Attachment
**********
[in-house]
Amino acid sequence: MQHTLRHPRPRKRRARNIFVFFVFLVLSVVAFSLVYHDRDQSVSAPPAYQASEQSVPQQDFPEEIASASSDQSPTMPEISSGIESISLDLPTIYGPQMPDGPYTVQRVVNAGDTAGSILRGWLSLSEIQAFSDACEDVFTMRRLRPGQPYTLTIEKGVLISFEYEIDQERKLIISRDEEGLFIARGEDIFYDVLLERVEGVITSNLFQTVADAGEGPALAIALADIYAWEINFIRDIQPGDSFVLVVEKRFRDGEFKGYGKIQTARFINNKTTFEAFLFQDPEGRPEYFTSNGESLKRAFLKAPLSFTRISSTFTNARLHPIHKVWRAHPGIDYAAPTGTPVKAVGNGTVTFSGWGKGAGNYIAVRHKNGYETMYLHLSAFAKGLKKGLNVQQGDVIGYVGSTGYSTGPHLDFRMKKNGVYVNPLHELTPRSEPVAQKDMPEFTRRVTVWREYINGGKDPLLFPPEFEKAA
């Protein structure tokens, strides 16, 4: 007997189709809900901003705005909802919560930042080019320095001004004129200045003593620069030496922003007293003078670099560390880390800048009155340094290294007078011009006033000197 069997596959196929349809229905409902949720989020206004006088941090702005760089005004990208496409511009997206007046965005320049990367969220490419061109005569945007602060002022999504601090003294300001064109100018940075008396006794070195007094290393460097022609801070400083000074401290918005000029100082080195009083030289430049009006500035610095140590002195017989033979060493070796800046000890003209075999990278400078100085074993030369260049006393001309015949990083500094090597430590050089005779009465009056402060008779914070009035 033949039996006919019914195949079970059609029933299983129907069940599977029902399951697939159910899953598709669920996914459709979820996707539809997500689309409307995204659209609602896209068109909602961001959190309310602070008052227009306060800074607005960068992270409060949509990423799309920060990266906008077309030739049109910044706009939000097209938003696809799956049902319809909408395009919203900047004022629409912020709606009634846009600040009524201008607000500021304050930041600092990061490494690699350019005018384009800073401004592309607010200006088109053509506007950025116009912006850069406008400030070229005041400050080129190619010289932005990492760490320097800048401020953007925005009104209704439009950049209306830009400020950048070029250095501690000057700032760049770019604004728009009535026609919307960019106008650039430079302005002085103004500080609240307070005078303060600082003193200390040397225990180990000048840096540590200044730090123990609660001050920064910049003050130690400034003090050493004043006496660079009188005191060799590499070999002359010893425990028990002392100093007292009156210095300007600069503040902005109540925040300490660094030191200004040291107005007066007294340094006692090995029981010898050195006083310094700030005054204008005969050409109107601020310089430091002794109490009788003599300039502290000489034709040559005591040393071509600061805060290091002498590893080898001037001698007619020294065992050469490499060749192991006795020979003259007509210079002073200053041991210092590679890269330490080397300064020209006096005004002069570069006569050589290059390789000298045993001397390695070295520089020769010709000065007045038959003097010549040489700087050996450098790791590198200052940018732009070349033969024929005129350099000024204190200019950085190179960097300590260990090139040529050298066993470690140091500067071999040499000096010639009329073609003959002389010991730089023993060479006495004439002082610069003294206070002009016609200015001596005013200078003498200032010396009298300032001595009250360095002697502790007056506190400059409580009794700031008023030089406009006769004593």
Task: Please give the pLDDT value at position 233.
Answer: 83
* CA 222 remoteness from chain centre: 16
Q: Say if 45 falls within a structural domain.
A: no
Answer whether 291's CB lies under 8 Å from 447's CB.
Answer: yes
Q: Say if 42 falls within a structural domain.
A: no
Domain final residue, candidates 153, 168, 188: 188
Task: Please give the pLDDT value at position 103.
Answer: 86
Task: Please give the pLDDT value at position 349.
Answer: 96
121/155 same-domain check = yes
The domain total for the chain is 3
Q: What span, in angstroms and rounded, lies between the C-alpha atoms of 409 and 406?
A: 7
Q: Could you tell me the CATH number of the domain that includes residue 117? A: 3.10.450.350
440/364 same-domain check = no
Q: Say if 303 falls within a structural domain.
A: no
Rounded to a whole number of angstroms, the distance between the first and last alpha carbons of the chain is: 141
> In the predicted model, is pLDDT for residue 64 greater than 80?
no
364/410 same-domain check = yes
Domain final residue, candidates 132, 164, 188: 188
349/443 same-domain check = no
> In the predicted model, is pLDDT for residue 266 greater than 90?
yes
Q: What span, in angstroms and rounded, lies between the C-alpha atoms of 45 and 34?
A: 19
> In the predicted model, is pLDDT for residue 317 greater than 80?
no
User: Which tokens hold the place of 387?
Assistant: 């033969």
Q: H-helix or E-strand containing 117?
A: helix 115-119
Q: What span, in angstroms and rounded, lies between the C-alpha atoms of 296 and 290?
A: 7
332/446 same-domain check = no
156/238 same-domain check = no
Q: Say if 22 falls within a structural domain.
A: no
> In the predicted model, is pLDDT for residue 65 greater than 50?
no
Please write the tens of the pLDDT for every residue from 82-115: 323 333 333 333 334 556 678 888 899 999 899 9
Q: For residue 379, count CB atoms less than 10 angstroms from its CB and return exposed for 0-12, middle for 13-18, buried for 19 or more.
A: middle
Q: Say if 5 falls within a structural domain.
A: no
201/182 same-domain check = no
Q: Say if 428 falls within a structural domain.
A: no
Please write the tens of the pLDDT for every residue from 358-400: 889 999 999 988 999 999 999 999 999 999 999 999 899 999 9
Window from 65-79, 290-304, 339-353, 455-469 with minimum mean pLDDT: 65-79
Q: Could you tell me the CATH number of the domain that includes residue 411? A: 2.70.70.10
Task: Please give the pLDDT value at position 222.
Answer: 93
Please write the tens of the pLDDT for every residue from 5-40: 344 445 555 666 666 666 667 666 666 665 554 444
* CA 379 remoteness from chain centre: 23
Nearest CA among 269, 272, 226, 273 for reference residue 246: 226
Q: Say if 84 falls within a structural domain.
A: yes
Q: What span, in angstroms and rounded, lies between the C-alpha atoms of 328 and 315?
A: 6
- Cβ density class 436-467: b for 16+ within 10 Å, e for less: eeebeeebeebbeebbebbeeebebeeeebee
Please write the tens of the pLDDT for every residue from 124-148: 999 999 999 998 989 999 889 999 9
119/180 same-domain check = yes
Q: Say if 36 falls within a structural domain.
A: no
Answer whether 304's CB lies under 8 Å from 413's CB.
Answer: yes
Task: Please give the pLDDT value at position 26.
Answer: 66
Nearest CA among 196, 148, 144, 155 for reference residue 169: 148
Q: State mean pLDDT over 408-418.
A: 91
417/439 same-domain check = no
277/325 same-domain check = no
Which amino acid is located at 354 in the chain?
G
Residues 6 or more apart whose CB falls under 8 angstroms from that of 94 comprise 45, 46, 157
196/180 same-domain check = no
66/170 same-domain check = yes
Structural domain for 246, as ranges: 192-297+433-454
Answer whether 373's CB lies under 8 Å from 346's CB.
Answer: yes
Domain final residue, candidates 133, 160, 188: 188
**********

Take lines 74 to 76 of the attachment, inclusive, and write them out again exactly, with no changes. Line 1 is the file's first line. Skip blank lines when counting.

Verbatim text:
A: no
Answer whether 304's CB lies under 8 Å from 413's CB.
Answer: yes